It’s hardly news that the American economy has performed reasonably well in recent decades. Productivity growth has averaged just a shade less than 2 percent annually since 1970, doubling total output. Nor is it news that most of the gain has gone to Americans at the very top of the ladder, leaving us with more inequality in both income and wealth than we have seen since the late 1920s. What should surprise, though, is that the public has hardly blinked at the dramatic widening of the gap between middle- and upper-income groups. Even liberal politicians who identify with the aspirations of Americans in the bottom half seem unwilling to call for serious redistribution measures.
One reason, we suspect, is the widespread belief in America that what matters is not equality of outcomes but the opportunity to move up the ladder based on one’s own talents and hard work. And by this yardstick, the argument goes, the system is working. If you are rich, it is because you deserve to be rich; if you are poor, the fault probably lies in your failure to take advantage of abundant opportunities for self-improvement. Moreover, any attempt to redistribute income by taxing the rich and providing benefits to the poor or the middle class would undermine people’s incentives to reach for the brass ring.
Does this faith bear scrutiny? Are we the land of opportunity celebrated in a thousand grade-school textbooks, or have we become a more-stratified society than many would find acceptable? The answer is less clear than either critics or true believers have been willing to acknowledge.
Faith In The Dream
Americans are believers. In a 1999 survey of 27 middle- and high-income countries, some 69 percent of Americans agreed with the statement that “people get rewarded for intelligence and skill,” compared with a typical response of just 39 percent from all the countries. What’s more, just 18 percent of Americans think that being born to wealth is very important in getting ahead, compared with 28 percent among all nationalities polled. It follows that Americans are more accepting of economic inequality: just one-third believe that the government should take responsibility for reducing income disparities, compared with more than two-thirds in the other countries surveyed.
Just The Facts
Americans would rather talk about sex than about money, and they would much rather talk about money than class. Yet economic success is partly determined by the socioeconomic circumstances of the family in which one is born. For example, 42 percent of the children of families in the bottom fifth of the distribution end up in the bottom fifth as adults – twice as many as would be expected by chance alone. And it’s no fun getting stuck in the lower rung: incomes in this group were not much higher in the late 1990s (below $40,300 in 2006 dollars) than they were in the late 1960s (below $33,800 in 2006 dollars).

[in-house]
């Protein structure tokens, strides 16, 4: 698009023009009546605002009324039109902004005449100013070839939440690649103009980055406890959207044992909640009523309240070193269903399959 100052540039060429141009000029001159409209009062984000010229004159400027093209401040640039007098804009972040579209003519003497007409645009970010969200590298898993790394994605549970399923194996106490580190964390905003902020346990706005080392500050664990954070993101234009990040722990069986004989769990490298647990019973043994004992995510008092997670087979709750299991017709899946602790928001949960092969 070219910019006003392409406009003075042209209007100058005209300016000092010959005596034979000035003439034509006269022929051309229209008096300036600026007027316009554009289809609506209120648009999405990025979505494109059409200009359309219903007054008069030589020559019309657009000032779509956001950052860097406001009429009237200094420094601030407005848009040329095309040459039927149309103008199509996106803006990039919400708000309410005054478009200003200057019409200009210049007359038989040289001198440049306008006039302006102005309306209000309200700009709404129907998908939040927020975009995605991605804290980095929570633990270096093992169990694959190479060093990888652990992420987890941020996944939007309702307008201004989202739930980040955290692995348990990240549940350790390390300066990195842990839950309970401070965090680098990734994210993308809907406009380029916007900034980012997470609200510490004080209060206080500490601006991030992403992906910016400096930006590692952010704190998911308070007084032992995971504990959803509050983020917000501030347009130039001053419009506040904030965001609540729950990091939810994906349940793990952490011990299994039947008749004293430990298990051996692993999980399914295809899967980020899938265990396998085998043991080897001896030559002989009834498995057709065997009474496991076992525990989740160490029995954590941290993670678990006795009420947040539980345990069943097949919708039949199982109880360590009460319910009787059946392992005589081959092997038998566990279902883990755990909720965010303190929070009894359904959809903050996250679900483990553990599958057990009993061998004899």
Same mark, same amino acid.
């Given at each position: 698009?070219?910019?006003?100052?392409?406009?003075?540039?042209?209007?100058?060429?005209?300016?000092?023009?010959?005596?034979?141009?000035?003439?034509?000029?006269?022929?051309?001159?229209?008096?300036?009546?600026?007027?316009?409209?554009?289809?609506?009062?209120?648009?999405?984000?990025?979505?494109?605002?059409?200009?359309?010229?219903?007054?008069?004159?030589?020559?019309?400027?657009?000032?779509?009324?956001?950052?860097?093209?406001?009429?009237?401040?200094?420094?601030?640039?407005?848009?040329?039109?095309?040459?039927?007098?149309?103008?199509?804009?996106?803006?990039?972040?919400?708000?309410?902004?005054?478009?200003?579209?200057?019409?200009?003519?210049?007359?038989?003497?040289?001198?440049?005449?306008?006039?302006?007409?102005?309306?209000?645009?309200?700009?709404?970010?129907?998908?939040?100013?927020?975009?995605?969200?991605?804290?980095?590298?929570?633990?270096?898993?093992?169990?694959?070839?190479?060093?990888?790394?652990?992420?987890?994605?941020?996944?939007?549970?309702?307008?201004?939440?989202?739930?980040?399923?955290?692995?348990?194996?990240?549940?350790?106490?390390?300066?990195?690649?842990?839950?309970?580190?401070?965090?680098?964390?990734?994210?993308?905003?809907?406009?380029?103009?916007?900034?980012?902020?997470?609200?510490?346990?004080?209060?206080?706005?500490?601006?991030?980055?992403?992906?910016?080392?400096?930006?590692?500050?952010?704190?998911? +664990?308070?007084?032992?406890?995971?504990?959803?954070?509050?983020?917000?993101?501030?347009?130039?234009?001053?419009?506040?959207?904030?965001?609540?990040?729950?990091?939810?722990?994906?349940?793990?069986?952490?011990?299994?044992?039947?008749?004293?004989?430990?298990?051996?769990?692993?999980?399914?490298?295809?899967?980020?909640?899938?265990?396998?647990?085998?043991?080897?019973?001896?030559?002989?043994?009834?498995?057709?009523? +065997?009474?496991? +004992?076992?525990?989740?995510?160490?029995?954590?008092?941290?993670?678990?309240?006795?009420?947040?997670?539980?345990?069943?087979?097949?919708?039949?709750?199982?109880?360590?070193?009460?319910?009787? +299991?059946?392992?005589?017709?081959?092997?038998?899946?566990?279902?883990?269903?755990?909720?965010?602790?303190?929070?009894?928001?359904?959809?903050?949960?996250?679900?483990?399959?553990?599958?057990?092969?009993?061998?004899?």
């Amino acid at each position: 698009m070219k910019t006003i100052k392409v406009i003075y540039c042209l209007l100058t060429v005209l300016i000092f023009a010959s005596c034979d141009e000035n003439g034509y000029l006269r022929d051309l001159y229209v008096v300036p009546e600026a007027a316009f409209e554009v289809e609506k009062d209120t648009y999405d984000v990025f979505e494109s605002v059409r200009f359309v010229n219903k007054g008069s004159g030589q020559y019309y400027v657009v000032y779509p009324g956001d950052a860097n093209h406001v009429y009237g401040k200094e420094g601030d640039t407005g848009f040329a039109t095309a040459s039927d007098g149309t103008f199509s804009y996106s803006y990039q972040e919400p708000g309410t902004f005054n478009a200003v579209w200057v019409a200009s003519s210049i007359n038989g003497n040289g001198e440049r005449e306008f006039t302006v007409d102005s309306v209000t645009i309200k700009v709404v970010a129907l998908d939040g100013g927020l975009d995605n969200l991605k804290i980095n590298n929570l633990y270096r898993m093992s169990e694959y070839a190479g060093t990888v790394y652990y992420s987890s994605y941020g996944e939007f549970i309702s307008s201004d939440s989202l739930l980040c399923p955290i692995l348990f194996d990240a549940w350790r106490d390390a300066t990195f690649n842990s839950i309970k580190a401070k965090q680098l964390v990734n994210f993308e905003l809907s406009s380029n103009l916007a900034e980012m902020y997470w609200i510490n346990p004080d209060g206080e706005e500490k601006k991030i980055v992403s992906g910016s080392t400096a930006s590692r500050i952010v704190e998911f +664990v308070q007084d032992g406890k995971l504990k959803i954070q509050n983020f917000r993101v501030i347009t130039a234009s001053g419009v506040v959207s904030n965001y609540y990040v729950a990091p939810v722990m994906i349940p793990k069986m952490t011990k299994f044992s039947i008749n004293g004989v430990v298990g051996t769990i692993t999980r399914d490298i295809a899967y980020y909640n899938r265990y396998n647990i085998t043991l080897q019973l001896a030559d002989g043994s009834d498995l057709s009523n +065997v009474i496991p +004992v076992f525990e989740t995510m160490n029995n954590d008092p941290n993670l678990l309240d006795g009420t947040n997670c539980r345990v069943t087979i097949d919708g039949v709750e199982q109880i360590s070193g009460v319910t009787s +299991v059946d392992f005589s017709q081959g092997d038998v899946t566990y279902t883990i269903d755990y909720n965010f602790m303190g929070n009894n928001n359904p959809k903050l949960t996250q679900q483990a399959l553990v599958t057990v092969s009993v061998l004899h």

The data also show that rags-to-riches outcomes are uncommon. Just 6 percent of poor Americans move from the bottom fifth to the top fifth of the income distribution (above $116,700 in 2006 dollars) in one generation. Individuals born to middle-income parents have decent prospects: 19 percent climb from the middle-fifth (between $48,800 and $65,100 in 2006 dollars) to the top fifth. But to paraphrase Billie Holiday, America still blesses the child that’s got his own: individuals whose parents were in the top fifth have a 39 percent chance of staying there.
America, then, is not a rigidly class-stratified society, but neither is it immune to the influences of class. As noted above, 42 percent of those born into the bottom fifth of the income distribution stay put. Still, the remaining 58 percent move to a higher income quintile. Thus, there is significant mobility. The more-relevant question is whether there should be even more mobility.
These statistics do not tell us why mobility is less than perfectly random, with each child throwing the metaphoric dice. Parents at the top may buy success for their children through their command of economic resources – access to good schools, safe neighborhoods and old-boy-network job referrals. Or the underlying personal characteristics shared between successful parents and their children (like strong verbal or mathematical skills, a winning smile or a strong work ethic) may be at work. Or, more likely, both. Whatever the explanation, though, some relationship between the economic circumstances of parents and their children is inevitable.
It is thus difficult to say whether the mobility glass is half full or half empty. But one can ask how the American experience compares with other affluent democracies.